Perhaps, though, this isn’t as much Isaacson’s fault as it is Steve Jobs’s. As brilliant as Jobs was, he did seem to possess a rather limited vocabulary, if one is to believe Isaacson. Jobs deemed everything—from computer chip designs to personalities to kitchen appliances—either “insanely great” or utter and total “s–t.”

Admittedly, in large part, I don’t want to believe Isaacson. As several of my close high school and college friends can attest (Ron Strayer, I’m looking at you!), the only persons who possibly meant more to me in the 1980s were Neil Peart and Ronald Reagan. But, for me, the three created a great triumvirate. Peart, the artist and philosopher; Reagan, the inspired statesman and anti-communist; and Jobs, the innovator and entrepreneur.

Amazingly enough, my family purchased a 128k Mac as soon as it was released. I grew up with the Mac, discovering the unlimited (at least so far) joys of writing. The moment I typed on that keyboard and played around with MacWrite, I knew I wanted to write books and articles and poetry (not so good on this one!) and any and everything imaginable.

That first Mac and all subsequent Macs—including the one on which I type this article—have always served as gateways into the eternal realms of thought, myth, and imagination. With the typed word—and through the products of the genius of Jobs—anything might be possible.

Isaacson’s Jobs is rather despicable morally. He manipulated everything and everyone, he rarely kept promises, he felt no loyalty to anyone but himself and perhaps his immediate family, and he blatantly lied to everyone around him. The last word—a lie—is a touchy one that Isaacson shies away from employing too often. Instead, Isaacson and those around Jobs during his lifetime preferred using the term “reality distortion field,” a concept taken from an original Star Trek episode in which aliens manipulate their own reality through their intellect.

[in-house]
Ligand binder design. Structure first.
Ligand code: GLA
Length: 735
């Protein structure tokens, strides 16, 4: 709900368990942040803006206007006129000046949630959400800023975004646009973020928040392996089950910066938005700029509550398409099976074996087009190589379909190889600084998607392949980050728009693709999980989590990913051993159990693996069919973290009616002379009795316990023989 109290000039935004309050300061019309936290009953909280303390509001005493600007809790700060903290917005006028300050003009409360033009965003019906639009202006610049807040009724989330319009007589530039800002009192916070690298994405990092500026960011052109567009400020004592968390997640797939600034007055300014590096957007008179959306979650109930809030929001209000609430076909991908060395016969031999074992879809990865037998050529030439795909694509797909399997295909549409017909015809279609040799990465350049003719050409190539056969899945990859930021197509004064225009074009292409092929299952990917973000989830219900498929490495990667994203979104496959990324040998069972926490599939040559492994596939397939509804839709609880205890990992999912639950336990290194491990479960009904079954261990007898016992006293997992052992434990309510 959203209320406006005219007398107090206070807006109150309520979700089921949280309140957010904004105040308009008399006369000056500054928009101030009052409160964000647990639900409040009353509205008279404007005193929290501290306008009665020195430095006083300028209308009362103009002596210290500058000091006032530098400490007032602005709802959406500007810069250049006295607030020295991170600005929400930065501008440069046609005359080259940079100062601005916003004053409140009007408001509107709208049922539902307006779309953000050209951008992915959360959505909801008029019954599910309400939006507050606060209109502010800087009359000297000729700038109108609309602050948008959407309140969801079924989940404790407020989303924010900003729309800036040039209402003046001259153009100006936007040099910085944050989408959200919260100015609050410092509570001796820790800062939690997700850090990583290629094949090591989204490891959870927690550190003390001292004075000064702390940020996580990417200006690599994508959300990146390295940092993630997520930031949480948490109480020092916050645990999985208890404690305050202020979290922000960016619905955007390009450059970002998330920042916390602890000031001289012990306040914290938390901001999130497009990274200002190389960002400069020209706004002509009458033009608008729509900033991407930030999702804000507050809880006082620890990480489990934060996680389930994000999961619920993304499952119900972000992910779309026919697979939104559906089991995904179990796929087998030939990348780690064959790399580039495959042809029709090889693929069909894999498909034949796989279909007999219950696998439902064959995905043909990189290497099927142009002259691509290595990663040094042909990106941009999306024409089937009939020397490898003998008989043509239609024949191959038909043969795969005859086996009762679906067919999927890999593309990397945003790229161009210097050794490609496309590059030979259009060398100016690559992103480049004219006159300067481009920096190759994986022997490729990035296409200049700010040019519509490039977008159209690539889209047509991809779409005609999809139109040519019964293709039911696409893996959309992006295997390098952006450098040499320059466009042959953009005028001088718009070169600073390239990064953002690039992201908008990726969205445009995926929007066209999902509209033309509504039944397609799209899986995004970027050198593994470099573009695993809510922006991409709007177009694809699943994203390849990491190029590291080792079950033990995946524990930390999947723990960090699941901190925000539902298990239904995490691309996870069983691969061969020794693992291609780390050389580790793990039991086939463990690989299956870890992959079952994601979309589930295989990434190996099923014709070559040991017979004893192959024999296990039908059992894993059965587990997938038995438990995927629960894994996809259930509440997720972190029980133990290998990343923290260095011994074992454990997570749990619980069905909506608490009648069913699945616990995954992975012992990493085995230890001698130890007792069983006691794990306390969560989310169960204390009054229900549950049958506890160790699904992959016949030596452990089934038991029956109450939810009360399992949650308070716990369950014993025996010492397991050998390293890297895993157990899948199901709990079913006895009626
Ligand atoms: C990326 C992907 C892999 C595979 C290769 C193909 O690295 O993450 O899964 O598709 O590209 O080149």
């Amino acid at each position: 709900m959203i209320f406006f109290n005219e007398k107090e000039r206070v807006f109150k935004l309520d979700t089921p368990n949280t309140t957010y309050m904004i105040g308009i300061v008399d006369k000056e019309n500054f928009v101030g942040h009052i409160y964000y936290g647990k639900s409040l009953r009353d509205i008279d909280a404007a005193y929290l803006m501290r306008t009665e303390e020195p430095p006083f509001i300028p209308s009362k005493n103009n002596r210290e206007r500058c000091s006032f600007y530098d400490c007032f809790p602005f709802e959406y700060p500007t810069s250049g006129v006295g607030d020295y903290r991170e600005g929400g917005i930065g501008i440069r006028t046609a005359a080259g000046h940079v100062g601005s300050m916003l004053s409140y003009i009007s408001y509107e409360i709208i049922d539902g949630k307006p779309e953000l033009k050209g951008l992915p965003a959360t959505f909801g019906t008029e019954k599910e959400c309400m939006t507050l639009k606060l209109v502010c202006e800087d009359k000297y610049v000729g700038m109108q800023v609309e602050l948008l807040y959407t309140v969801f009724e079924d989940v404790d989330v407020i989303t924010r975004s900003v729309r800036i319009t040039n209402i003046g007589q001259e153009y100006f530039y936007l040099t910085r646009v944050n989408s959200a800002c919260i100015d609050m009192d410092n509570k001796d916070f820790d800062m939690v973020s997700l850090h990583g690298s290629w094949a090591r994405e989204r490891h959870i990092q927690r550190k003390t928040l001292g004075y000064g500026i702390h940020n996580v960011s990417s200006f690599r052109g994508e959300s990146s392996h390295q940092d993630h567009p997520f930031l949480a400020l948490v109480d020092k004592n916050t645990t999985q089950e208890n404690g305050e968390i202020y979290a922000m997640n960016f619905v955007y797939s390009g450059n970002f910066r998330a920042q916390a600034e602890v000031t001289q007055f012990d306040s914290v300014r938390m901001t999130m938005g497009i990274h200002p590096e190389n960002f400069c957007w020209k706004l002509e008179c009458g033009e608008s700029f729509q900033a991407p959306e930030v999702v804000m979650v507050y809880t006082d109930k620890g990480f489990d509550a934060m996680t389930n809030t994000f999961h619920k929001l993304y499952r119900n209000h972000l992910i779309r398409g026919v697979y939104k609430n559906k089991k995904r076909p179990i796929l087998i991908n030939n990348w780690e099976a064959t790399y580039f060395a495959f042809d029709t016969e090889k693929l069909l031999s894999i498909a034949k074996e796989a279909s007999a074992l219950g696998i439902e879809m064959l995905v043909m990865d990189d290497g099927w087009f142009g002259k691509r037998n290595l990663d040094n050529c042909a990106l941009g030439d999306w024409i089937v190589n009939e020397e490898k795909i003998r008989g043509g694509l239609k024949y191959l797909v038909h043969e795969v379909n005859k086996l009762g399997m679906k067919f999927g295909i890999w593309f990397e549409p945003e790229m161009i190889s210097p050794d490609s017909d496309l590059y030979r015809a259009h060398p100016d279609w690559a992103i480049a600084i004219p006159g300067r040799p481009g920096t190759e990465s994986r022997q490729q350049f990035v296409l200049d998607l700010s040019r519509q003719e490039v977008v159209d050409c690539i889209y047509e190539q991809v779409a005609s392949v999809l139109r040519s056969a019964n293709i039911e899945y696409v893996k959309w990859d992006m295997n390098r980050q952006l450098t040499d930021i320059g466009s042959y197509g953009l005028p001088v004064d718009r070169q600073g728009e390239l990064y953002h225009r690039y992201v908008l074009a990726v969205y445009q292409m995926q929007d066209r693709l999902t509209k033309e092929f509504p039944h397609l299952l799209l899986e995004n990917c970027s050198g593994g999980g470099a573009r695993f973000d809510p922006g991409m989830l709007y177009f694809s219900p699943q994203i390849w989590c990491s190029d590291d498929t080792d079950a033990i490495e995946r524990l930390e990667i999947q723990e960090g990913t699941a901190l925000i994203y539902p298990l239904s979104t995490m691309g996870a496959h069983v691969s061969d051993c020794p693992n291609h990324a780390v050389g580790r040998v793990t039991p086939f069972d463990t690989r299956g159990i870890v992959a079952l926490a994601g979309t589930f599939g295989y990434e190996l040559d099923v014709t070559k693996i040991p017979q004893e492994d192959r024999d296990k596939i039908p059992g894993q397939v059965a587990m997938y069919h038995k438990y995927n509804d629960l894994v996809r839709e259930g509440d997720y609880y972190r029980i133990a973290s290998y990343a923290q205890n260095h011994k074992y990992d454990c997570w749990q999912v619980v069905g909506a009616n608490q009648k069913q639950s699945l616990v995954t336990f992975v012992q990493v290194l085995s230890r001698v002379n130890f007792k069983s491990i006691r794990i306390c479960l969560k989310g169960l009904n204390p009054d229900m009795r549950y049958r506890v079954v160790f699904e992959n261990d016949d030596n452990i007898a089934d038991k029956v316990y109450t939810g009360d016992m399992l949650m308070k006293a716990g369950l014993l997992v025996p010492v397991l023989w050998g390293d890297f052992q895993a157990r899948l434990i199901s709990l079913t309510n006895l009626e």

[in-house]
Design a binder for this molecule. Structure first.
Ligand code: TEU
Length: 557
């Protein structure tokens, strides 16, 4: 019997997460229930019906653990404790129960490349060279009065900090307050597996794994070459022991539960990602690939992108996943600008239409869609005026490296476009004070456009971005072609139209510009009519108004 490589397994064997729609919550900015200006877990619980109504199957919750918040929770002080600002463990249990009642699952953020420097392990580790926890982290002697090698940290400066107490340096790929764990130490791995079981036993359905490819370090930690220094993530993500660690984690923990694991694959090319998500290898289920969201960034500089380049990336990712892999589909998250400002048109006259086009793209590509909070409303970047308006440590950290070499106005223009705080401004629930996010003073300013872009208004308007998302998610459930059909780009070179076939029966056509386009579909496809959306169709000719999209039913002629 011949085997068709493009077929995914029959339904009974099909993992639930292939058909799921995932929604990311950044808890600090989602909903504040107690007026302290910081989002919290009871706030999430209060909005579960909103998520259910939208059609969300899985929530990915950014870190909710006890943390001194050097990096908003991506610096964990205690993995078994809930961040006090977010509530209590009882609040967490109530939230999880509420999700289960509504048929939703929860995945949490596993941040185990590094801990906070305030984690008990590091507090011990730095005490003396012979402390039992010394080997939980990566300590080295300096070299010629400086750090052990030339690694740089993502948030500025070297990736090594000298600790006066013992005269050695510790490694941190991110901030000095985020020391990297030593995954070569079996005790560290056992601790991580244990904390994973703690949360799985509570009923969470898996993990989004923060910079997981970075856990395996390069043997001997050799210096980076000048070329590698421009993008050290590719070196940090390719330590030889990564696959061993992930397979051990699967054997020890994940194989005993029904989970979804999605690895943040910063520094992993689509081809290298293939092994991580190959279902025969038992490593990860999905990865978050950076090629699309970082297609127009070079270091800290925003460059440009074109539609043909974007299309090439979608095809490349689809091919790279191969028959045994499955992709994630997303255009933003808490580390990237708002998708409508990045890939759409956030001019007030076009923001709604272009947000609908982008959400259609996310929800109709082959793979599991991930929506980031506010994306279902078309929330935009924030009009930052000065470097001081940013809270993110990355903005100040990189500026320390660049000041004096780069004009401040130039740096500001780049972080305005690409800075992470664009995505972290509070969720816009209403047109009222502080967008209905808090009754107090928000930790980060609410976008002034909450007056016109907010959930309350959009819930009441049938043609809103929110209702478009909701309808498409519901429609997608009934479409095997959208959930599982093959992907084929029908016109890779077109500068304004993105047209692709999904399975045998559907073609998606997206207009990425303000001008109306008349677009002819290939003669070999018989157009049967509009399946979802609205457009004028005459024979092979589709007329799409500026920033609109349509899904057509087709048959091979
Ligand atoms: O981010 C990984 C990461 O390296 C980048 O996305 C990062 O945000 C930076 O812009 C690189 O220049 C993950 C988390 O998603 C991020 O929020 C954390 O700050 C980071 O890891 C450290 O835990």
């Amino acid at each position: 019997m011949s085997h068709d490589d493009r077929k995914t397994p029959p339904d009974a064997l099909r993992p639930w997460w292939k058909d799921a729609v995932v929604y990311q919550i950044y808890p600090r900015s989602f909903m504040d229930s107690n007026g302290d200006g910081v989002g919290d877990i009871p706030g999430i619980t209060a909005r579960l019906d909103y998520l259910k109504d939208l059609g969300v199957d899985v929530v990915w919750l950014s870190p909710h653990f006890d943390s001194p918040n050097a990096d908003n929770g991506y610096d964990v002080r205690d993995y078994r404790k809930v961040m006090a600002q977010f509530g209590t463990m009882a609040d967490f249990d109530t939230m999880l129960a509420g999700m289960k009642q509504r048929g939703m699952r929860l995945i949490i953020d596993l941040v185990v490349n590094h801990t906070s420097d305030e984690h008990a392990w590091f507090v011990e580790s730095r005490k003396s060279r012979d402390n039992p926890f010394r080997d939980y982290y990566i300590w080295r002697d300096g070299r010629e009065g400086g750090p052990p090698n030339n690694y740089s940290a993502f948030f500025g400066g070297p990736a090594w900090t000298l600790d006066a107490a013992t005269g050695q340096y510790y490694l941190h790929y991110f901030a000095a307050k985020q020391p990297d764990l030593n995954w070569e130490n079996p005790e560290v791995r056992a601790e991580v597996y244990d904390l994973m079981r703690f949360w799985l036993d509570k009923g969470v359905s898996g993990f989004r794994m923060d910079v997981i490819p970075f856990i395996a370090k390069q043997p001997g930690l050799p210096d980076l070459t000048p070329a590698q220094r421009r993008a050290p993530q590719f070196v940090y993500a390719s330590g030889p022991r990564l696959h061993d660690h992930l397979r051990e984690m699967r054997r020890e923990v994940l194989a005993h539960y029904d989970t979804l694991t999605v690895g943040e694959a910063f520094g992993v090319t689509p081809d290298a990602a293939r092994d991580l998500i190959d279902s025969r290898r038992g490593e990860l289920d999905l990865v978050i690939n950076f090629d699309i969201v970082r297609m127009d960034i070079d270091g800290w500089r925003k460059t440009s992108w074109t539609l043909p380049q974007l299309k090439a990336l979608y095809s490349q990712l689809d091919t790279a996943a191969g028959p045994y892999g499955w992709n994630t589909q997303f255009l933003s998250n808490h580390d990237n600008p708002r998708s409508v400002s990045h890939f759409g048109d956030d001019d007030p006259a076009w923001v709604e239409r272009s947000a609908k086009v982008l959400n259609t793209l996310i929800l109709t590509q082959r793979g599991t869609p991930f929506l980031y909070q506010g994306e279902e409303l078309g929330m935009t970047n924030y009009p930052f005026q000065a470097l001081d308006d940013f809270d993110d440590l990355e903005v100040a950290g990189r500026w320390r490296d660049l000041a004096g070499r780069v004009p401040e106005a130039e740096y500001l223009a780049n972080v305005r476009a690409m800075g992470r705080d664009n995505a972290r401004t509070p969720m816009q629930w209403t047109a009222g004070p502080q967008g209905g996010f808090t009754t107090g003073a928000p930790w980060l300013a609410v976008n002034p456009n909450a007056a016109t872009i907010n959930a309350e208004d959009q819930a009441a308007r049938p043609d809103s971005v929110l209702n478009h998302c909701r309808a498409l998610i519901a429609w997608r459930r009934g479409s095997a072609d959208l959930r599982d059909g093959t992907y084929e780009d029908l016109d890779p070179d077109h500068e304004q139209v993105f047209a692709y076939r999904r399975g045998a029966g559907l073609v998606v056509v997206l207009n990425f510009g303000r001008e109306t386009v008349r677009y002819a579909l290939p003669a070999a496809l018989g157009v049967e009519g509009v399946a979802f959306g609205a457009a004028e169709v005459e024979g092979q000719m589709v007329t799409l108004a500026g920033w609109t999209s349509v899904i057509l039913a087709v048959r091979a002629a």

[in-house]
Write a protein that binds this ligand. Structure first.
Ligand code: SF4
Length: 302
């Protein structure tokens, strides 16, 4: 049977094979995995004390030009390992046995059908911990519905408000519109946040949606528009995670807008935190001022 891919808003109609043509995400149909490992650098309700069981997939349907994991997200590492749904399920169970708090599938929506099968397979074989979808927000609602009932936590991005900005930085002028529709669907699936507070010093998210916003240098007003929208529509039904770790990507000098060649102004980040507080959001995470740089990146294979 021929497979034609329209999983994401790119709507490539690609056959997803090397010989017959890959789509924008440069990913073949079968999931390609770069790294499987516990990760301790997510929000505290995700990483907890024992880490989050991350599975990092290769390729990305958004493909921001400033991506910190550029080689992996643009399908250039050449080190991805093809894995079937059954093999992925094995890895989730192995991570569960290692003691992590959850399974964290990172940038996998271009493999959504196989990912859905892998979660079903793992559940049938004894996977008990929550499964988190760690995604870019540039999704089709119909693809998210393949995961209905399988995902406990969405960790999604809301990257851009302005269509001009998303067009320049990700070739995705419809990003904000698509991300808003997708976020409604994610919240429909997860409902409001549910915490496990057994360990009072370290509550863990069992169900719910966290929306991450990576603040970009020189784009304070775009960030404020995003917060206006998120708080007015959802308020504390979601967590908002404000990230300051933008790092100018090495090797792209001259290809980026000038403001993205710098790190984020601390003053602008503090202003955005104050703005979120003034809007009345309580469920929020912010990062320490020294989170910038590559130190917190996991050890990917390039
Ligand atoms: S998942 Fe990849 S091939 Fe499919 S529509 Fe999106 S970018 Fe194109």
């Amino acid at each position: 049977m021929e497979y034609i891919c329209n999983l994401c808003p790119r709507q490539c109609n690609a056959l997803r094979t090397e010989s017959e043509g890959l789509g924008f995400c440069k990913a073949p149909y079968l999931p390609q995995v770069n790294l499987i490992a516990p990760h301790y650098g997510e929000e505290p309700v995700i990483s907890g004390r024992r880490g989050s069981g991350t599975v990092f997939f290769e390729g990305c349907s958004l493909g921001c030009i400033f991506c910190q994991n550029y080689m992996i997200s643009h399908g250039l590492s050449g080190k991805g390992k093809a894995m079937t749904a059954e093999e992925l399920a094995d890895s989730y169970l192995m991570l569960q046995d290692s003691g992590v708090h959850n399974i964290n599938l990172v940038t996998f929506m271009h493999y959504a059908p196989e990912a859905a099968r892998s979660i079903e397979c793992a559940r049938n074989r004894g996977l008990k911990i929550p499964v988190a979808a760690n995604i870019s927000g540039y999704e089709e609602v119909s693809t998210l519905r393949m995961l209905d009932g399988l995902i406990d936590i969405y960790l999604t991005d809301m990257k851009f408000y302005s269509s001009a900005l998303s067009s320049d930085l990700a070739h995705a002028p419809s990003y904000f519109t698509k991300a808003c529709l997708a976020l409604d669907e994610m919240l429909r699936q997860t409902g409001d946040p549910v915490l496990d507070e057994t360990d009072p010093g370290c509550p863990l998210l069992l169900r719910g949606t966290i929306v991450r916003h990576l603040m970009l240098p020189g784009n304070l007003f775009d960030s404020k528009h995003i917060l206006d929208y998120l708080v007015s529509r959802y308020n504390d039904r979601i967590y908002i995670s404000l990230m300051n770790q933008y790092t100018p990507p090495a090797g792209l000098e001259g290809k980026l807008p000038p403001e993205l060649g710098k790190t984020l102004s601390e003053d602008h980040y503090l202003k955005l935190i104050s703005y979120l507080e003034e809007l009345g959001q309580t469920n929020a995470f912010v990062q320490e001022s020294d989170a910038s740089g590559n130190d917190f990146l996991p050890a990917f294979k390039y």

Steve’s lies become real, as he changes the future to make them real.

A few, but only a few, saw right through Jobs’s manipulations. One was Joanna Hoffman, a longtime colleague. Another was an employee at Pixar, Alvy Ray Smith. “He was like a televangelist,” he claimed of Jobs, as he “wanted to control people, but I would not be a slave to him.” A third was Bill Gates, revolted by Jobs’s attempts to control him from the moment the two met. A fourth and final to be mentioned here, John Sculley’s wife, confronted him in a parking lot in the mid 1980s after everything soured between her husband and the co-founder of Apple. “When I look into most people’s eyes, I see a soul. When I look into your eyes, I see a bottomless pit, an empty hole, a dead zone.”

I’m sure most of us have encountered the boss or “superior” who believes himself not only as a charismatic person, but as a genius. From the way Isaacson describes him, Jobs was your worst image x1000.

Despite all of this and the gut-wrenching rending of a childhood hero, I must state that there is still much to admire about Jobs, especially his imagination, his aesthetics, and his tenacity. More than anything else, as with my other two heroes from the 1980s, Jobs desired excellence and pursued it in all things.

Sadly, though, all of this came at the cost of an intense personal manipulation. Having completed half of the biography, I can conclude that Jobs was an Manichean Epicurean Nietzschean, driven by his Eastern adopted and adapted “Intuition” and spirituality.

Yet, for better or worse, I still love all things Apple, and I’ve more than happily typed this piece on my Macbook Air. RIP, Steve P. Jobs.

Books mentioned in this essay may be found in The Imaginative Conservative Bookstore